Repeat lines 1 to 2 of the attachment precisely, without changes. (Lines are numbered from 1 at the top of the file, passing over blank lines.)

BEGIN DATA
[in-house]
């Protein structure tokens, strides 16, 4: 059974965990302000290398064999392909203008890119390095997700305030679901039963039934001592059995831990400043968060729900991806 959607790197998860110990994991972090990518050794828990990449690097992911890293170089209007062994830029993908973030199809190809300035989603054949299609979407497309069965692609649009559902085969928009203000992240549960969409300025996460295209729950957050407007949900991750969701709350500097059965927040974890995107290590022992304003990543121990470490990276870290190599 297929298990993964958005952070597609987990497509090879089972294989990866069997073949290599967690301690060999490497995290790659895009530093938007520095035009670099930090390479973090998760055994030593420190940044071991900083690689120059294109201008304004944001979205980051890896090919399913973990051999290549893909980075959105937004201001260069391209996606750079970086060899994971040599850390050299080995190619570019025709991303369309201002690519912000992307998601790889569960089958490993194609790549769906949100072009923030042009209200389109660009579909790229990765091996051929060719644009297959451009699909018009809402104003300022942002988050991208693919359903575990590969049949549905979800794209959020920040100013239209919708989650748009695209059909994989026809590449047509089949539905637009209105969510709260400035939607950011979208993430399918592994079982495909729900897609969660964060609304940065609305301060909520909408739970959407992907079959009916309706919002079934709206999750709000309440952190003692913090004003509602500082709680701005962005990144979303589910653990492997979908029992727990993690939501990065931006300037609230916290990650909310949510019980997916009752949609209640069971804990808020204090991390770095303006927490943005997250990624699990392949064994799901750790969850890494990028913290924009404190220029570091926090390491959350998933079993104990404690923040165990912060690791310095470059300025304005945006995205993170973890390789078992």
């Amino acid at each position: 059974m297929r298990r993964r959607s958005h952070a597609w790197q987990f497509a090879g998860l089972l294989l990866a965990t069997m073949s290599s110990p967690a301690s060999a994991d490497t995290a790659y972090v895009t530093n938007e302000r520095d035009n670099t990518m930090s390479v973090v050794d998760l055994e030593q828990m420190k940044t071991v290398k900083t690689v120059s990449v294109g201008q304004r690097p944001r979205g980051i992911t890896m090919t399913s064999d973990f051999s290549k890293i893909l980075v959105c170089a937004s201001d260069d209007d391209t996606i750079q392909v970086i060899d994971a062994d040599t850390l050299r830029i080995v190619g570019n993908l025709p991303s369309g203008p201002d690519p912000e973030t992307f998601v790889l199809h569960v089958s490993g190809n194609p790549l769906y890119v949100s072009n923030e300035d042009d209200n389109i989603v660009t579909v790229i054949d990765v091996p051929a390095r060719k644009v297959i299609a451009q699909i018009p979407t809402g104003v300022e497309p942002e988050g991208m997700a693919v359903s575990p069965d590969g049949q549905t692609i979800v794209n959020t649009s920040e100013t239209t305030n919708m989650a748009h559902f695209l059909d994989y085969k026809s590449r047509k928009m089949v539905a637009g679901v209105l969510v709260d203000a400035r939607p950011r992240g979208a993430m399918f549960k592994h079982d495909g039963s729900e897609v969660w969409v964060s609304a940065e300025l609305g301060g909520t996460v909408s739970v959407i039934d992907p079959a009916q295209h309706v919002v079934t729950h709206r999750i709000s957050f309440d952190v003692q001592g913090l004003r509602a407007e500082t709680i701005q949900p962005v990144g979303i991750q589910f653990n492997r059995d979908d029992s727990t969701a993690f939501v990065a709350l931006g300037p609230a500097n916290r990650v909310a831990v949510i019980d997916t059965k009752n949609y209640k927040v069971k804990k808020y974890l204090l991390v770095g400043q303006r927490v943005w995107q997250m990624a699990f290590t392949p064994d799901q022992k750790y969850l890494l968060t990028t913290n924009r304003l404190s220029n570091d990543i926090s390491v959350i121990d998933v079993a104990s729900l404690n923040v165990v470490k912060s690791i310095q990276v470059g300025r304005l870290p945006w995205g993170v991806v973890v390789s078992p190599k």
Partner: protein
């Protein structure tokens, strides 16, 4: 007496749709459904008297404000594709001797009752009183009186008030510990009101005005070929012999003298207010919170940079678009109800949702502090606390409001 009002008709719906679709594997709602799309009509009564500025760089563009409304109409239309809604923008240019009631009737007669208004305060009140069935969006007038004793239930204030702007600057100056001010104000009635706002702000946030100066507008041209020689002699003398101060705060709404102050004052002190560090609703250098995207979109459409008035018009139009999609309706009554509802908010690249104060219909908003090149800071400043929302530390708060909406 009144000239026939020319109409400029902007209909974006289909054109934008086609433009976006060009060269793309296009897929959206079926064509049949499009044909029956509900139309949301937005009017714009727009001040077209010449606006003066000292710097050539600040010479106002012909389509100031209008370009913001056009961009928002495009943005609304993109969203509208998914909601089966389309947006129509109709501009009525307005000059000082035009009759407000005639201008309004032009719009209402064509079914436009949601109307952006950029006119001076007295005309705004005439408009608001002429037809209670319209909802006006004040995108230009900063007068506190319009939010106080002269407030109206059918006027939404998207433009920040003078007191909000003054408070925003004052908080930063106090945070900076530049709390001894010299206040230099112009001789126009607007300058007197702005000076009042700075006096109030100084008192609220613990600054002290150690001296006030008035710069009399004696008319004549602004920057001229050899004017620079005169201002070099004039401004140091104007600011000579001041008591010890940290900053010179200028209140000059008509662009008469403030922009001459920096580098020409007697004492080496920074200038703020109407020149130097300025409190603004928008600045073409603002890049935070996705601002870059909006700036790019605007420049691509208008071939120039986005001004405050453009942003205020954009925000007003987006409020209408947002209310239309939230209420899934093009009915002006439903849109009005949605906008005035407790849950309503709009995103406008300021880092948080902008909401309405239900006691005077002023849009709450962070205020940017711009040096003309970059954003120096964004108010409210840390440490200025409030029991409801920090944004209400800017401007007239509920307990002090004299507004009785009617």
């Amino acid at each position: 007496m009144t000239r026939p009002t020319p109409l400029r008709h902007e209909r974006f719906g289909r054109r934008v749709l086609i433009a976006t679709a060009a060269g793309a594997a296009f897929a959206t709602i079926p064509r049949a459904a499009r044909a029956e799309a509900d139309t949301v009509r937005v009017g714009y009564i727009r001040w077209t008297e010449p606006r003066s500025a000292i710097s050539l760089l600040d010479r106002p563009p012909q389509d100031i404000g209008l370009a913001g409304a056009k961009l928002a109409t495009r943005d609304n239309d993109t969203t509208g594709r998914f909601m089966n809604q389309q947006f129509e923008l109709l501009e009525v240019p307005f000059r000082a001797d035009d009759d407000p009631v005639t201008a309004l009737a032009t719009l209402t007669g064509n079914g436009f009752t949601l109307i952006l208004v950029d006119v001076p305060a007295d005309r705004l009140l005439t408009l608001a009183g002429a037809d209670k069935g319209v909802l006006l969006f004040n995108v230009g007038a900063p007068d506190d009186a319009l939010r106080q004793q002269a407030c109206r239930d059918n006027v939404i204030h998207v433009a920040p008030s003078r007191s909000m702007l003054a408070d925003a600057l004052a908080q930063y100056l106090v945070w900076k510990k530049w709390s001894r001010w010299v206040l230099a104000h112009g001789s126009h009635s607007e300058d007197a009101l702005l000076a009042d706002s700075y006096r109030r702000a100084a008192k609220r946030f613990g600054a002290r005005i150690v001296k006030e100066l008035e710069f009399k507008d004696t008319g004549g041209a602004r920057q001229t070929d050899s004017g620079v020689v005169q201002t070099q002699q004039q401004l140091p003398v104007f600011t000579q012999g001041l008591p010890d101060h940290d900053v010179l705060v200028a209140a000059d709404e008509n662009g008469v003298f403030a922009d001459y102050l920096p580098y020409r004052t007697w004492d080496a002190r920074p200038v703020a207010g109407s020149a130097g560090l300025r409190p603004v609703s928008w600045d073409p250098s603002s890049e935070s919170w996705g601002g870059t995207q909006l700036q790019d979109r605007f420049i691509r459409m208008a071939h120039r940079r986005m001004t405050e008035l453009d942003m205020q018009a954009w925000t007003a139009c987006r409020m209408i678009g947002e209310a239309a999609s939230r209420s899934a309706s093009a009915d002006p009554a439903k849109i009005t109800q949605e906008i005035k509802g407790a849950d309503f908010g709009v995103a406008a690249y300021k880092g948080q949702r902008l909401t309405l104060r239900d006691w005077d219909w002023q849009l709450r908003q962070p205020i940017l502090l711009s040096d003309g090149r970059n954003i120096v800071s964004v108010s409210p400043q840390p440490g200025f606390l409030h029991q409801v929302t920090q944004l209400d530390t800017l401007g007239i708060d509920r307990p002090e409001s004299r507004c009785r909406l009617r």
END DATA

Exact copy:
[in-house]
């Protein structure tokens, strides 16, 4: 059974965990302000290398064999392909203008890119390095997700305030679901039963039934001592059995831990400043968060729900991806 959607790197998860110990994991972090990518050794828990990449690097992911890293170089209007062994830029993908973030199809190809300035989603054949299609979407497309069965692609649009559902085969928009203000992240549960969409300025996460295209729950957050407007949900991750969701709350500097059965927040974890995107290590022992304003990543121990470490990276870290190599 297929298990993964958005952070597609987990497509090879089972294989990866069997073949290599967690301690060999490497995290790659895009530093938007520095035009670099930090390479973090998760055994030593420190940044071991900083690689120059294109201008304004944001979205980051890896090919399913973990051999290549893909980075959105937004201001260069391209996606750079970086060899994971040599850390050299080995190619570019025709991303369309201002690519912000992307998601790889569960089958490993194609790549769906949100072009923030042009209200389109660009579909790229990765091996051929060719644009297959451009699909018009809402104003300022942002988050991208693919359903575990590969049949549905979800794209959020920040100013239209919708989650748009695209059909994989026809590449047509089949539905637009209105969510709260400035939607950011979208993430399918592994079982495909729900897609969660964060609304940065609305301060909520909408739970959407992907079959009916309706919002079934709206999750709000309440952190003692913090004003509602500082709680701005962005990144979303589910653990492997979908029992727990993690939501990065931006300037609230916290990650909310949510019980997916009752949609209640069971804990808020204090991390770095303006927490943005997250990624699990392949064994799901750790969850890494990028913290924009404190220029570091926090390491959350998933079993104990404690923040165990912060690791310095470059300025304005945006995205993170973890390789078992």